Overcoming barriers for girls and young women in Kenya's schools
In Kenya, the GE Foundation is funding the Four Pillars PLUS program, which strengthens the paths to success for girls and young women. The project provides mentoring for girls, scholarships and teacher professional development, and facilitates community participation. These four pillars target key factors preventing girls and boys from continuing their education and address the broken bridge between primary and secondary school.
To mitigate the economic constraints families face in sending girls to school, in 2011 the project supported 508 students with scholarship packages in 10 primary and 17 secondary schools in southwestern Kenya. The project is also supporting 20 students with internships at a polytechnic institute. FHI 360 trained 97 teachers on gender-sensitive teaching methodologies to improve educational quality and also trained 47 male and female mentors (teachers and members of the community) to facilitate sessions for over 1,200 girls and boys in primary and secondary school. By the end of 2012, the project will conclude activities in the 10 primary schools, having made positive contributions and a long-lasting impact on these communities.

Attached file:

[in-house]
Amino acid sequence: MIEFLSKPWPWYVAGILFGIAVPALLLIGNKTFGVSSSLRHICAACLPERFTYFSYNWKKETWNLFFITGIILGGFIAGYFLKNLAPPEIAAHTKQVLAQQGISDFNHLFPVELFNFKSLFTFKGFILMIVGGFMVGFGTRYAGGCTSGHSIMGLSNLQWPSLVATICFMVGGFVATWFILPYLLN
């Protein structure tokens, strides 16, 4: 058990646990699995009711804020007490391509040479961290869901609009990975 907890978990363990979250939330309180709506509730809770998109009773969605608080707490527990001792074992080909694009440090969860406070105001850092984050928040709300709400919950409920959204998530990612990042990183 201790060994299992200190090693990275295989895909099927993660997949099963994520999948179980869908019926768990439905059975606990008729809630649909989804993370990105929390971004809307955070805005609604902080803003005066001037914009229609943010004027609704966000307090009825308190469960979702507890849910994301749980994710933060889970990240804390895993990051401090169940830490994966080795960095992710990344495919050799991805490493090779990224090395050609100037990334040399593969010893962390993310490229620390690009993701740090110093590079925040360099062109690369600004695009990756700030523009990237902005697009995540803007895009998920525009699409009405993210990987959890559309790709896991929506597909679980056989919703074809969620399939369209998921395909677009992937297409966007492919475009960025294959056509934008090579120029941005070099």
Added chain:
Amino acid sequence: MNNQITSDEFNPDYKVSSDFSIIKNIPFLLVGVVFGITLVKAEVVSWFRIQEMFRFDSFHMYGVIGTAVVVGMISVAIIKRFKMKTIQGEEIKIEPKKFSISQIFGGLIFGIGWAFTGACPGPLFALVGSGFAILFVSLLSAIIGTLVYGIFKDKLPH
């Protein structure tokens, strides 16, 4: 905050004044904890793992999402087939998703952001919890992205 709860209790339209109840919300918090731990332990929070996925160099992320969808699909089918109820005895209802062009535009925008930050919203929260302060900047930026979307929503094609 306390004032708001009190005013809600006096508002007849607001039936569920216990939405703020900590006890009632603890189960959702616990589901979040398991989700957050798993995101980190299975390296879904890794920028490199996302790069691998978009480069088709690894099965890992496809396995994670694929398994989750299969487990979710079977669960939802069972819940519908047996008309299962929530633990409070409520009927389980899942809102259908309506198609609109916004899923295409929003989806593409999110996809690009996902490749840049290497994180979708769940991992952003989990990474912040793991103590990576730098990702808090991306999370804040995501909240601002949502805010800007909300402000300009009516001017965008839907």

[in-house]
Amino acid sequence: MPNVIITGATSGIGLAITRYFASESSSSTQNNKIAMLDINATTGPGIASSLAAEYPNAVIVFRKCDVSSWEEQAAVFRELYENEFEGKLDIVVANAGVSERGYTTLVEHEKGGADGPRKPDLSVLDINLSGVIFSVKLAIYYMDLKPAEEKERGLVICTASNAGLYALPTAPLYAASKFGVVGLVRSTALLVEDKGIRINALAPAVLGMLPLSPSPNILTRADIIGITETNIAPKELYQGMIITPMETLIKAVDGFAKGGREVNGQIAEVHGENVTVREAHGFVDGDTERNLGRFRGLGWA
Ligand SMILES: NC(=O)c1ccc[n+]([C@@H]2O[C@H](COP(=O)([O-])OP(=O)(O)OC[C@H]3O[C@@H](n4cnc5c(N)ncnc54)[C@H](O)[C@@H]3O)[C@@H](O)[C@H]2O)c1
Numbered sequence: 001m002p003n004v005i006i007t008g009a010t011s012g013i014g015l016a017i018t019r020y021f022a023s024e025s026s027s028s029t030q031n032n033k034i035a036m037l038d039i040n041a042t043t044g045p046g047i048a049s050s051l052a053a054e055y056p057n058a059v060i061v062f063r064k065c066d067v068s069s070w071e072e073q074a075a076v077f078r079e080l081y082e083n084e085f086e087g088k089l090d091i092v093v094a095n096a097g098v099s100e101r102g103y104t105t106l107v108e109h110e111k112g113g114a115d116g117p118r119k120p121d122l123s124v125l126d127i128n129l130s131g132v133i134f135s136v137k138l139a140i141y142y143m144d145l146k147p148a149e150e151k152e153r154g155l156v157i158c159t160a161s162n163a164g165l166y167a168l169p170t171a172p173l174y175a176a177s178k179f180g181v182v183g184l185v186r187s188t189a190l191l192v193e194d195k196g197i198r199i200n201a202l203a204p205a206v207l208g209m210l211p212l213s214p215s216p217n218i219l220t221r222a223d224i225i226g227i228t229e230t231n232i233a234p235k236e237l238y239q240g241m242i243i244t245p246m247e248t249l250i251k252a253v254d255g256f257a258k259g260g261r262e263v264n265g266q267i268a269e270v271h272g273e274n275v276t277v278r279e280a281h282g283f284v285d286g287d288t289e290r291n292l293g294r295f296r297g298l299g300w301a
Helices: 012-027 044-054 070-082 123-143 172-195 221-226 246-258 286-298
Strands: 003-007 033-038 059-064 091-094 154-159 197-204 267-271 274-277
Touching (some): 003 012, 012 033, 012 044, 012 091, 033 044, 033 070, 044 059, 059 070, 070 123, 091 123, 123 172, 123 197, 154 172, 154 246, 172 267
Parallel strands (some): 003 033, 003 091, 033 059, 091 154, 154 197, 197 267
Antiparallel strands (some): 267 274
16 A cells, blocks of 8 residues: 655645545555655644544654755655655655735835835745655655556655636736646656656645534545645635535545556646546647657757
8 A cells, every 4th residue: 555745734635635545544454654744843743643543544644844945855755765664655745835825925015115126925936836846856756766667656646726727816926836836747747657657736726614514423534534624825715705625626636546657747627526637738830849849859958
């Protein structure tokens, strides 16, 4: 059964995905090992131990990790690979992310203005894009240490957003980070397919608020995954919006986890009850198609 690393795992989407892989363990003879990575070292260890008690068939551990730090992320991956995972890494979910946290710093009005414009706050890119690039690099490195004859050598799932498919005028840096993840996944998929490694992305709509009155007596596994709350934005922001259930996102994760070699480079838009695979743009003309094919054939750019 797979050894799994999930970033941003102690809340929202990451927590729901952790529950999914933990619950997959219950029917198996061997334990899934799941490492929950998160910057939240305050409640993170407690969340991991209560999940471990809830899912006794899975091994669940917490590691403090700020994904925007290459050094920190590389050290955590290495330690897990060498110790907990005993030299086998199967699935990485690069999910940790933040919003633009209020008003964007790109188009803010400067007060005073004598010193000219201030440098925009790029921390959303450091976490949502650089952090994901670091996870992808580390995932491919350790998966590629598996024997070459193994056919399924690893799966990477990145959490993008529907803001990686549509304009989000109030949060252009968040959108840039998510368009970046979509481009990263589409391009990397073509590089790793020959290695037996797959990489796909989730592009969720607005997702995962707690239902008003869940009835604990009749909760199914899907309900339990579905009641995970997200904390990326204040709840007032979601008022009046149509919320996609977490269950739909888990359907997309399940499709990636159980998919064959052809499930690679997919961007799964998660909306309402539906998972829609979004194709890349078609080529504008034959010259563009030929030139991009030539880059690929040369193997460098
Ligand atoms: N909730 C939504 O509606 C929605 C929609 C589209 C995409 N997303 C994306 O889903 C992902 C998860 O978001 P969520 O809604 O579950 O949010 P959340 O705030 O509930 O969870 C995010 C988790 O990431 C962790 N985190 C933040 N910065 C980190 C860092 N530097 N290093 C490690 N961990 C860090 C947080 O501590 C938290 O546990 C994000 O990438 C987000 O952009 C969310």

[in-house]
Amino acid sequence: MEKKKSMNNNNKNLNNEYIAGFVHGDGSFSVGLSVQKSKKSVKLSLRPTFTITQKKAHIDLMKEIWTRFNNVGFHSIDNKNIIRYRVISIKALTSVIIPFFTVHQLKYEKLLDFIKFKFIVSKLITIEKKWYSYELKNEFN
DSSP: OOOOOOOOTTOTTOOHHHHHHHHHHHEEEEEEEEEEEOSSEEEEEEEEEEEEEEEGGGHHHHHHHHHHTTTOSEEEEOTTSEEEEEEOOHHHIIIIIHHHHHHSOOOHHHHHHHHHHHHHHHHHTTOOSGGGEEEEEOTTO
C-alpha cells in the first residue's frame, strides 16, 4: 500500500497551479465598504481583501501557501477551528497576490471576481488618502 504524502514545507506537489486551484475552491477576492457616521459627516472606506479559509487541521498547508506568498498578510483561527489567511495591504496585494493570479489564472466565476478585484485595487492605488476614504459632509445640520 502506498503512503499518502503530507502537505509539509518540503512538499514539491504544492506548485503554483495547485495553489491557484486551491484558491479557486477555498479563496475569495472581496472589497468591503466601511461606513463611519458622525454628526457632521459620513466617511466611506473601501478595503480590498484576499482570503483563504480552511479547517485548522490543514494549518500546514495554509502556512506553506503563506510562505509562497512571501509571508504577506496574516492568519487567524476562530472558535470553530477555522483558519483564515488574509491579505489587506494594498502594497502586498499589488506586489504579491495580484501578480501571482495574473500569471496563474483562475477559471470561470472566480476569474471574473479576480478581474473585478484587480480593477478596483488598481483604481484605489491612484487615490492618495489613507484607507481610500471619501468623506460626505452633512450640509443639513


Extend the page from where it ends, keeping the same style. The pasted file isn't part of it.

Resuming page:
FHI 360 has worked closely with the communities to ensure they have developed mechanisms to continue many of the Four Pillars strategies implemented over the last four years. The communities themselves wish to sustain the activities and have been empowered to do so. For example, 47 mentors established a community-based organization in their district to continue the mentoring support; 15 Saving and Internal Lending Communities (SILK) have been established; 10 4K Clubs are active; and the 30-member North Gem Child Support Network acts as a referral system for orphans and other children experiencing violence in and around the schools. The Four Pillars PLUS project will continue to support students in their secondary school education and provide career guidance and counseling to prepare them with skills and knowledge that can transfer into internships and employment. The project demonstrates that a holistic approach can create powerful synergies to narrow the gender gap in the classroom and get girls and boys one step closer to fulfilling their dreams.